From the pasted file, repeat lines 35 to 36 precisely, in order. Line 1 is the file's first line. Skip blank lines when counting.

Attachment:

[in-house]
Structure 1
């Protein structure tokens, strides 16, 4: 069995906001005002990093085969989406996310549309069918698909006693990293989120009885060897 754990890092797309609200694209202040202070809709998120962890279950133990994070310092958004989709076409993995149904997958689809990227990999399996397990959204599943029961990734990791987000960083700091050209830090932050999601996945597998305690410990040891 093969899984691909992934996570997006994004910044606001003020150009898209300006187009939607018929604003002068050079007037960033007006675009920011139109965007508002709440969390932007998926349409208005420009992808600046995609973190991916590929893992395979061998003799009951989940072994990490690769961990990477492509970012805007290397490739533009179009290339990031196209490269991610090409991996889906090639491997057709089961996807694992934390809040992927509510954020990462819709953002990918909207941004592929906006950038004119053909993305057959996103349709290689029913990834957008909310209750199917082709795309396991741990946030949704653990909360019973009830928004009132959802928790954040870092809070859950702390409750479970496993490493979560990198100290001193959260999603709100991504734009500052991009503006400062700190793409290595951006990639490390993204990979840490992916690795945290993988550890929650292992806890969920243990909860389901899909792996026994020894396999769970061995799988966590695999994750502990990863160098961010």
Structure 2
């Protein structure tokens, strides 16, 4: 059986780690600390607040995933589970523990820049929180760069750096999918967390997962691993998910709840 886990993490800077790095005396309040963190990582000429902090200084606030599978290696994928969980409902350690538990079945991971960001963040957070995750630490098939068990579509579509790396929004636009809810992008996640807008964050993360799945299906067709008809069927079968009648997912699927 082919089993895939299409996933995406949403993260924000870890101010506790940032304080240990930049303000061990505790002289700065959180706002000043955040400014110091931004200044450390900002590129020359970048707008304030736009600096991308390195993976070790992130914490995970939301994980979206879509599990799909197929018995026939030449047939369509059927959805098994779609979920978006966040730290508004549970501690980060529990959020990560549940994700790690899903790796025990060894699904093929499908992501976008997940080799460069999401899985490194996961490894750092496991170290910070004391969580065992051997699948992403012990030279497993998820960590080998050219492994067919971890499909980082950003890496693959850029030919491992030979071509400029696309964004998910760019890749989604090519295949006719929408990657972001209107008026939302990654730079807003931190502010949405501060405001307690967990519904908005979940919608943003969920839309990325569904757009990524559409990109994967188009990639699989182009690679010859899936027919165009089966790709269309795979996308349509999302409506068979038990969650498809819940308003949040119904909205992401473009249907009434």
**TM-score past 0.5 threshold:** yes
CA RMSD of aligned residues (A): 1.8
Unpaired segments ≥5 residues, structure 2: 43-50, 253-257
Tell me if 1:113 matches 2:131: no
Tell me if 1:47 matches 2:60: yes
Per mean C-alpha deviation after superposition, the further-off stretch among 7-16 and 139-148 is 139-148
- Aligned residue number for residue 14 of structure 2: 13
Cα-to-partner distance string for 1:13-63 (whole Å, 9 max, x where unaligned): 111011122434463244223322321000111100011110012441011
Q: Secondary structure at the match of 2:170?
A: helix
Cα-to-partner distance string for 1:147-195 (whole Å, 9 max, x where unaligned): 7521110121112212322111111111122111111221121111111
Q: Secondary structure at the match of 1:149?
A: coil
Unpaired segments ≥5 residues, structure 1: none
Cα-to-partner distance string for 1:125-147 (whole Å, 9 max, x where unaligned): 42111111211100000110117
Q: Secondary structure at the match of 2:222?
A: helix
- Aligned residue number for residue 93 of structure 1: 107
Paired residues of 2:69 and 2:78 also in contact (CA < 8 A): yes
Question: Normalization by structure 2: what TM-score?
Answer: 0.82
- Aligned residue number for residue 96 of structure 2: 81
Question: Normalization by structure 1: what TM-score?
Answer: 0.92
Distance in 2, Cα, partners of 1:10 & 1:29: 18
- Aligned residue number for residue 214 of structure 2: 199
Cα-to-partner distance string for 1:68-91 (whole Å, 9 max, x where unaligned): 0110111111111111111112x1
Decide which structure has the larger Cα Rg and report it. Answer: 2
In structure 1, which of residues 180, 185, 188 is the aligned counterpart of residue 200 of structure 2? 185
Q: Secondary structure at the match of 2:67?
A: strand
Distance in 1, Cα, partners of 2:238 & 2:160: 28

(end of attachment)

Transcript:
Q: Secondary structure at the match of 2:67?
A: strand